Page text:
WHISTLEBLOWERS -- "It’s illegal to demote or fire an employee for reporting hazardous
conditions at work," notes Myron Levin for Fairwarning.org.  "But in California, (OSHA) safeguards for whistleblowers are
little more than words on paper, advocates for workers say. When
workers file complaints about retaliation, the investigations drag on
longer in California than in any other state, according to U.S.
government data. In California, complainants also have less chance of
getting a favorable ruling or a settlement than in most other states,
the numbers show." The problem: severe staff overload.

Discrimination against whistleblowers is barred by the federal
Occupational Safety and Health Act. States such as California that have
taken primary authority over job safety also have responsibility for
enforcing whistleblower protections.

But California is an outlier among the states. While the OSHA
law specifies that whistleblower investigations be completed within 90
days, in California it takes more than 400 days on average to close a
case — an eternity for a worker fighting to get his job back or be
awarded lost pay. In each of the last five years, California ranked last
or next to last among 24 states in time to complete investigations.

For example, it took an average of 484 days to complete the cases
closed in California between October 1, 2008 and September 15, 2009 (see chart here).
During the same period, for most other states, the average time to
complete investigations was 50 to 160 days. In states where federal OSHA
still has primary responsibility, the average completion time for
investigations is about 155 days, an OSHA spokesman said.

Moreover, while nationwide about 20 percent of cases are resolved
successfully for whistleblowers — through a settlement or favorable
investigation findings — in California the success rate most years is 15
percent or less, according to U.S. figures. For example, between
October 1, 2008 and September 15, 2009, complainants were successful in
19 percent of cases handled by 24 states, but in just 10 percent of
California cases.

The figures were provided by OSHA to the House Committee on Education
and Labor, and were reviewed by FairWarning.

While Cal/OSHA checks job sites in the state for compliance with
health and safety rules, a sister agency — the state Division of Labor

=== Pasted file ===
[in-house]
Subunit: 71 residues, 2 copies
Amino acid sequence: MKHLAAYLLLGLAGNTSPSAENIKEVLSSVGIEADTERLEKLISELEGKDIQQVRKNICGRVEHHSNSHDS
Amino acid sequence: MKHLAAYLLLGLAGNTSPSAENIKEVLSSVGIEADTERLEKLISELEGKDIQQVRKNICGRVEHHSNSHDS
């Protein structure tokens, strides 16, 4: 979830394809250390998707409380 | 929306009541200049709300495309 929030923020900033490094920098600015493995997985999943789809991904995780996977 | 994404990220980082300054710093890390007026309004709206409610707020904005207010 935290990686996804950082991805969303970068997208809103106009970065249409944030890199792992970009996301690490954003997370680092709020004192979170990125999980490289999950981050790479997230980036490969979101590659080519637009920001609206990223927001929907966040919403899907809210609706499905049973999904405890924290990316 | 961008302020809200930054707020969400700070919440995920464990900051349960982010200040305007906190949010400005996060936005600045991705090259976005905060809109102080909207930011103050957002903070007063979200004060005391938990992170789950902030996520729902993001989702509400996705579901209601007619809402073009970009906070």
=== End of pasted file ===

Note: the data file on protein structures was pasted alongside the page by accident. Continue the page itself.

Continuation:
Standards Enforcement — has the job of investigating worker claims of
retaliation for reporting safety violations or refusing to work under
unsafe conditions. Roughly 200 of these complaints are logged per year.

The main reason investigations drag on so long is that there are five
investigators to clear a large backlog and handle new complaints. The
investigators generally have averaged 40 to 60 open cases at a time
apiece, according to the labor standards division.
Many cases wind up being tossed out as “abandoned’’ because
complainants have given up or can’t be found by the time investigators
get to them.

“Complainants get no help from the government,” said Fran Schreiberg,
a Bay Area lawyer and board member of Worksafe, a worker advocacy
group.
“Workers respond to this dismal record,” she said. “They realize that
the agencies charged with protecting their jobs when they go out on a
limb to refuse unsafe work or complain about safety are for the most
part useless.”

In a statement to FairWarning, a spokesman said the labor standards
division “constantly reviews its procedures and institutes changes to
increase efficiency, including updated training for investigators as
well as an updated operational manual.”

“We know that we face challenges in processing the workload, and we
have implemented changes that are resulting in measured improvements,”
said Dean Fryer, spokesman for the California Department of Industrial
Relations, of which the labor standards division is part. “We will
continue to focus on ways to enhance our efforts and better serve those
who rely on us to ensure they are treated fairly in the workplace.”